The runestone ends in a curse to discourage any tempering with the stone, and is accompanied by a series of standing stones laid out in the shape of a ship. Thought to reflect a belief that the deceased had to make a voyage in the afterlife, this practice goes back to the Iron Age.
Here is a translation of the runestone (DR 209) via the Scandinavian Runic-text Database:
"Ragnhildr placed this stone in memory of Alli the Pale, priest of the sanctuary, honourable þegn of the retinue.
Ragnhildr placed this stone in memory of Alli, priest of the Sølve, honourable þegn of the sanctuary-retinue.
Alli’s sons made this monument in memory of their father, and his wife in memory of her husband. And Sóti carved these runes in memory of his lord. Þórr hallow these runes.
A warlock be he who damages(?) this stone or drags it (to stand) in memory of another.”
Photos taken by Kåre Thor Olsen.
It’s almost the end of National Poetry Month. Grant Snider of Incidental Comics illustrates the day jobs of 12 famous poets.
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On the Road to Nowhere: Abandoned Bridges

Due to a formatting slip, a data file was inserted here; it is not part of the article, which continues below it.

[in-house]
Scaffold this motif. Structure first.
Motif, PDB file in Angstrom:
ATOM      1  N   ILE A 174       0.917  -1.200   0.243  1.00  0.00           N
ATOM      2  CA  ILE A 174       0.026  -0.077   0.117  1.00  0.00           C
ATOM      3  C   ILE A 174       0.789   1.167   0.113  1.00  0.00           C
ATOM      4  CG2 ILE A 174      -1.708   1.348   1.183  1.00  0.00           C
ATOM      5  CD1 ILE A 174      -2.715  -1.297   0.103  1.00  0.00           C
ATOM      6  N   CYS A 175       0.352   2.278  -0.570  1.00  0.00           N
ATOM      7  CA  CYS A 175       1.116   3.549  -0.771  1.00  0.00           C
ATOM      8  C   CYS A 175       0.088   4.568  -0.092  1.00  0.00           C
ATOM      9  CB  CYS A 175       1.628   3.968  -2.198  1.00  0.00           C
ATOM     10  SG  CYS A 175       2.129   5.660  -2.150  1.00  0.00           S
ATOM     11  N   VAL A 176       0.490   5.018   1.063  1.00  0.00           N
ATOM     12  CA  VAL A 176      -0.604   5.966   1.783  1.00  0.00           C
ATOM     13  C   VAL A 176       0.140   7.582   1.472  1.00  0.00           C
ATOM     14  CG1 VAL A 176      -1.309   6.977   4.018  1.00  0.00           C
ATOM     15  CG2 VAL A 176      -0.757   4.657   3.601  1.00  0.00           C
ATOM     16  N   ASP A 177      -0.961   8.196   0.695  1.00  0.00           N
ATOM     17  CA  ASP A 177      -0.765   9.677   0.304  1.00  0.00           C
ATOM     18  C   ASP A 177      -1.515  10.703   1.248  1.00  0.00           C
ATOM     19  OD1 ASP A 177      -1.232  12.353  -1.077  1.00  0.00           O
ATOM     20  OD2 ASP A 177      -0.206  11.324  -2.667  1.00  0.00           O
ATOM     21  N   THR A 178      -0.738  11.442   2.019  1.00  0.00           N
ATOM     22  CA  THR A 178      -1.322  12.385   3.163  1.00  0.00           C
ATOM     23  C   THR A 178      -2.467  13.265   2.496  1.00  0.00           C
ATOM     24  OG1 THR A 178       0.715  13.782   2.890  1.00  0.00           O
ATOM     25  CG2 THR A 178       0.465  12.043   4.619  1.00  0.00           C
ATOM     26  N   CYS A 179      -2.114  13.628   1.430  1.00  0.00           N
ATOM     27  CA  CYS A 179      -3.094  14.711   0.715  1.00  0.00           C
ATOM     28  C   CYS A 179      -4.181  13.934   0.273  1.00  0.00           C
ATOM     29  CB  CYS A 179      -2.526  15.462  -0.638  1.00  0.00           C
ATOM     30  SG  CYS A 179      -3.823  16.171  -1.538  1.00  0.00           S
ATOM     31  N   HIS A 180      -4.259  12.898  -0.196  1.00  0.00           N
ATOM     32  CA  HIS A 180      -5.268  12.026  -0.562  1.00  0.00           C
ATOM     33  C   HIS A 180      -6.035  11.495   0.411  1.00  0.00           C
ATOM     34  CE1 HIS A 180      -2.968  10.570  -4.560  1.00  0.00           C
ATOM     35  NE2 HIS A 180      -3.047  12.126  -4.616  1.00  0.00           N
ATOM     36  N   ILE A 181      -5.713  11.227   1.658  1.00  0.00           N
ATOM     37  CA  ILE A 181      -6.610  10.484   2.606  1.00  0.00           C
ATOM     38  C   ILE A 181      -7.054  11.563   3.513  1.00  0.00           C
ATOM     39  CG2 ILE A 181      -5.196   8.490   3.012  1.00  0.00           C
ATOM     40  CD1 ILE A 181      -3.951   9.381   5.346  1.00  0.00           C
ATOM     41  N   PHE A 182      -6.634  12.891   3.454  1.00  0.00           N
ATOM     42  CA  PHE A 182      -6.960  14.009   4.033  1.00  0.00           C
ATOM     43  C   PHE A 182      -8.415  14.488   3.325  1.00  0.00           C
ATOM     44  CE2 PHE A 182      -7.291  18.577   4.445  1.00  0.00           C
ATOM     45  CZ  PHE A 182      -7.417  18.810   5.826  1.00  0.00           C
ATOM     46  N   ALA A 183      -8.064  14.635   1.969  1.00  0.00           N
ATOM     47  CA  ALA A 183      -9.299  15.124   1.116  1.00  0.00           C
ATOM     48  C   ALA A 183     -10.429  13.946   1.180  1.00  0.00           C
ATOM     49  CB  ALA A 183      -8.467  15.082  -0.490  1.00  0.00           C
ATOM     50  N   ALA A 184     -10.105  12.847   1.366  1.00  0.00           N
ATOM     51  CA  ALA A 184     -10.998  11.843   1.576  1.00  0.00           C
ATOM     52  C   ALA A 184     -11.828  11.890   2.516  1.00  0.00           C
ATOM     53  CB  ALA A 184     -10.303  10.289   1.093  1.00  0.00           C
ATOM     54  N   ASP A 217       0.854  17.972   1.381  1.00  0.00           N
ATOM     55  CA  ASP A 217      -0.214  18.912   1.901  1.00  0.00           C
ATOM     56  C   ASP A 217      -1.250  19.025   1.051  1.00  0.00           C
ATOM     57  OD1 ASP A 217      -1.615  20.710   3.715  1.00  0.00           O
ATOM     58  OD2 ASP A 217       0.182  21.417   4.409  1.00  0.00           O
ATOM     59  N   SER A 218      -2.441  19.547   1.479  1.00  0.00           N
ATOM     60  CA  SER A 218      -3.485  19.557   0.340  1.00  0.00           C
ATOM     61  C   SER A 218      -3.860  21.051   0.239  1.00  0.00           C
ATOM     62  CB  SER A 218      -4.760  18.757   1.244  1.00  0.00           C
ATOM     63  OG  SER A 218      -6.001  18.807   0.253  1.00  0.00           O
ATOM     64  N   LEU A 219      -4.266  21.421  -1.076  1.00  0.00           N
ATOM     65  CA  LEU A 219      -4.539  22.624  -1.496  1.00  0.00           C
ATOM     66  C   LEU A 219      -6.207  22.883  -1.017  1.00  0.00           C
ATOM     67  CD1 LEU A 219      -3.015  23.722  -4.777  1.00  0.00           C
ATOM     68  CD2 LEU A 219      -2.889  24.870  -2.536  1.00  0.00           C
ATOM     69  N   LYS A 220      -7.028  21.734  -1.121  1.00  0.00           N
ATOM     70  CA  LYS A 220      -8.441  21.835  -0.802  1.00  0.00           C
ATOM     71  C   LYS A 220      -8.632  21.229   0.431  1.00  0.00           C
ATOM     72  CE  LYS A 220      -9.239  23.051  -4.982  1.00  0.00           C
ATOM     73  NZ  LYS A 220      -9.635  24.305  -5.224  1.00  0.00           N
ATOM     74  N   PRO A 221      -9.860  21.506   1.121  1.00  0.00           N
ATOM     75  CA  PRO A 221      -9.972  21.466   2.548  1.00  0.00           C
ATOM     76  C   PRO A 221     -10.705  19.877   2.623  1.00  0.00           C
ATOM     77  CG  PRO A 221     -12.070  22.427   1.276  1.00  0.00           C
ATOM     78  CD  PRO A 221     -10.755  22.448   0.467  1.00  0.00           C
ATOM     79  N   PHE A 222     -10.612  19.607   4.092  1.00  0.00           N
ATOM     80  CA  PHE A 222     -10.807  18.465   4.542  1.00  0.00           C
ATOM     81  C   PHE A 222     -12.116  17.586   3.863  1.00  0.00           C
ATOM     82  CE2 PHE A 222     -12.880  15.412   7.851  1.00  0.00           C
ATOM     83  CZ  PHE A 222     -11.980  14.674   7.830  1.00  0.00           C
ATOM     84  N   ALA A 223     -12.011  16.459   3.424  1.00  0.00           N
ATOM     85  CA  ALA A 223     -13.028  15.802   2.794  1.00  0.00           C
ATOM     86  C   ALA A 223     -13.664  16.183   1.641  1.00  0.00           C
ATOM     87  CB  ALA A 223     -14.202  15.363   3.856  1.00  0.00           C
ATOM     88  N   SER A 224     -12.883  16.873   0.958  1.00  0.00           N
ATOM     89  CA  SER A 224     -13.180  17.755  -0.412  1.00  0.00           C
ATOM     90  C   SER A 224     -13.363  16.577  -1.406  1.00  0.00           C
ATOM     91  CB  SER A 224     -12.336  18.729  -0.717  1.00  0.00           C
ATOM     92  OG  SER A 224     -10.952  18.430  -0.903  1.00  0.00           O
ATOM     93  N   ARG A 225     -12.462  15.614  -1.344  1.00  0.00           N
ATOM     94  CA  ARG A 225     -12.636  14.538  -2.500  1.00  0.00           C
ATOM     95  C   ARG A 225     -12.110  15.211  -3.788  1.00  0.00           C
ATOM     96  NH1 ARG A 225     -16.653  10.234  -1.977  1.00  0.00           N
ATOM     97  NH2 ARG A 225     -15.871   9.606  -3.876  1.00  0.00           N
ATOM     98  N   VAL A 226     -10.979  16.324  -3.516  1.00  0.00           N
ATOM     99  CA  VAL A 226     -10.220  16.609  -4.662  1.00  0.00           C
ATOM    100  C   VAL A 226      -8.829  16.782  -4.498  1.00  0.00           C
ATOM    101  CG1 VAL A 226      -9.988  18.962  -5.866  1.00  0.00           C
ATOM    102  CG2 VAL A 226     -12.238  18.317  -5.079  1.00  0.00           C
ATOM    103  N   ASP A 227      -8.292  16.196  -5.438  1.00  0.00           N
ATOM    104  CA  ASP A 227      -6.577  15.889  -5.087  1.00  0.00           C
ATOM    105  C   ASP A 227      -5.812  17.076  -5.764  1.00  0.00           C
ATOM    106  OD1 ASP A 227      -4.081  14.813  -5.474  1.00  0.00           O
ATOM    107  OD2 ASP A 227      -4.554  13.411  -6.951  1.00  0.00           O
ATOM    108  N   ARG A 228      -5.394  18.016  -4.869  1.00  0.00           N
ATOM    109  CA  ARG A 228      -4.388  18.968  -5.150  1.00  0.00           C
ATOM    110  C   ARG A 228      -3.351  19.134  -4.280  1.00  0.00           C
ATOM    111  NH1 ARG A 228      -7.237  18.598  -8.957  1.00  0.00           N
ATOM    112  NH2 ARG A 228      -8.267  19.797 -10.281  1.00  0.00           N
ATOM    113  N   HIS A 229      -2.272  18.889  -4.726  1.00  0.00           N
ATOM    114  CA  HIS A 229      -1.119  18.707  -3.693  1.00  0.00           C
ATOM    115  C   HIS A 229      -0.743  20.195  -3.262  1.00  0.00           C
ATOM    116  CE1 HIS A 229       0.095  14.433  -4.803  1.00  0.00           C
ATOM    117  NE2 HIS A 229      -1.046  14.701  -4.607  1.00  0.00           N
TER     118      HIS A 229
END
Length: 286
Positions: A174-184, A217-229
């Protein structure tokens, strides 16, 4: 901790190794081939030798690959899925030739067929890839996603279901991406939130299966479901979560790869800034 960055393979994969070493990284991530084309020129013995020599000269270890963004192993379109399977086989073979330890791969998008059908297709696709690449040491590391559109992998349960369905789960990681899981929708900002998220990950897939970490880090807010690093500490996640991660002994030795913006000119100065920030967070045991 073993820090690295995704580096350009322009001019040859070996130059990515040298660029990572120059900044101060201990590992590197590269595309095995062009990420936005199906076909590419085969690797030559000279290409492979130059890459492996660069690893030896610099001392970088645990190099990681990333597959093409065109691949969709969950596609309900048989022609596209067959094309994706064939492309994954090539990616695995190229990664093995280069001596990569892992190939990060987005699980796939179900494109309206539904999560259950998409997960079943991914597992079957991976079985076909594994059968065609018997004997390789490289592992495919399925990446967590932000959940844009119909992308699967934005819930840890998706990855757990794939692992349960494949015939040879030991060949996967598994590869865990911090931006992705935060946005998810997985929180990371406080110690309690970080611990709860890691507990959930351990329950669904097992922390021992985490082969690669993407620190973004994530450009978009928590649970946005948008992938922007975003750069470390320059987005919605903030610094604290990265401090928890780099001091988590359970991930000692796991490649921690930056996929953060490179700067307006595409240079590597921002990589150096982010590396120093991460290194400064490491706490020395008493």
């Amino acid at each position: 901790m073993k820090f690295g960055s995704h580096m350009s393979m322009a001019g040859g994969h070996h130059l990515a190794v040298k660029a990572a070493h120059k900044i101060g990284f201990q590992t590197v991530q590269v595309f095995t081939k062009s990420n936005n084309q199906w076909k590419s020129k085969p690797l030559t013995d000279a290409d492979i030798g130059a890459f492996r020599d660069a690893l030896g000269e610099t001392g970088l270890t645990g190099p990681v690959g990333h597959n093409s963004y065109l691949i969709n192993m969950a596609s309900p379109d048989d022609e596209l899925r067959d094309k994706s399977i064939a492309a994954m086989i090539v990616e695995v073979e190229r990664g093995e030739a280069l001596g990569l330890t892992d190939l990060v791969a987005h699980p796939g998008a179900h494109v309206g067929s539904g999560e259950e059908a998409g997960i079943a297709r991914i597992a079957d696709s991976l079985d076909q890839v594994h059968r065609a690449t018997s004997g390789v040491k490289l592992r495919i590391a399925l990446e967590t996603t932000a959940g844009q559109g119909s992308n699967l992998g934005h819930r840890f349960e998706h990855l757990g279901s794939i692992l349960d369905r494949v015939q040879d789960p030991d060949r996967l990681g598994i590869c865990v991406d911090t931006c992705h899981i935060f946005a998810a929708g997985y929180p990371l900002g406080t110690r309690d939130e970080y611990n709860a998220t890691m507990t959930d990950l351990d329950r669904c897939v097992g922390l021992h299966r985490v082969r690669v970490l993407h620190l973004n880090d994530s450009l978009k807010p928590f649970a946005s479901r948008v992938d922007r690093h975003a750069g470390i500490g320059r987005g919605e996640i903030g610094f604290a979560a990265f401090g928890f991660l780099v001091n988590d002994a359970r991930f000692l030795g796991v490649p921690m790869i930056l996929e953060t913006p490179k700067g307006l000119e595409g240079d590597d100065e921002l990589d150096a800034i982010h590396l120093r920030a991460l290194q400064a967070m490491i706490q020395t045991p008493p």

Bridges to nowhere are international monuments of failure. Whether the highways meant to connect to them never got built, funding dried out, contracts got canceled, or they were hit by a disaster and left to ruin, these bridges are an overpass to nothing. Some like the isolated Viaduct Petrobras in the Brazilian jungle have found new life as destinations for bungee jumpers and rappellers, but most just wait idly for a purpose that may never arrive. In Germany there are so many of these bridges to nowhere due to a stunted Autobahn plan that they have their own term — “Soda-Brücke” — a pun roughly meaning “just there.”
When you see his photos, you can understand why Christopher Herwig spent 12 years traveling through the former Soviet Union, taking pictures of Soviet-era bus stops.
Dostoevsky, Joyce, Kafka, and Wharton have all cemented spots in the quarterfinals. But which lucky books will go on to the semis? Your chance to choose! Submit your votes here.
Numen/ For Use - For Use used thick transparent sticky tape to create an interactive installation. By stretching, sticking and wrapping thick layers of tape around grounded pillars, beams, trees or whatever standing objects exist in the chosen space Numen/ For Use create a web of tendon tunnels and spaces that can be accessed and crawled through, strong enough to carry human weight. From afar the installation appears like an interwoven structure of bending elastic pipes.
Even though Chaucer wrote about it a long time ago, sex continues to be a popular aspect of relationships.
“These were the strokes we praised, weren’t they,/ the butterfly and the crawl, the lullabies/ we crooned on the first warm day of summer/ in honor of the non-swimmers Crane and Berryman,/ in honor of Orpheus, whose butchered head/ is forever singing above the choppy waves.” —Edward Hirsch, “The Swimmers” (Special Orders, 2008)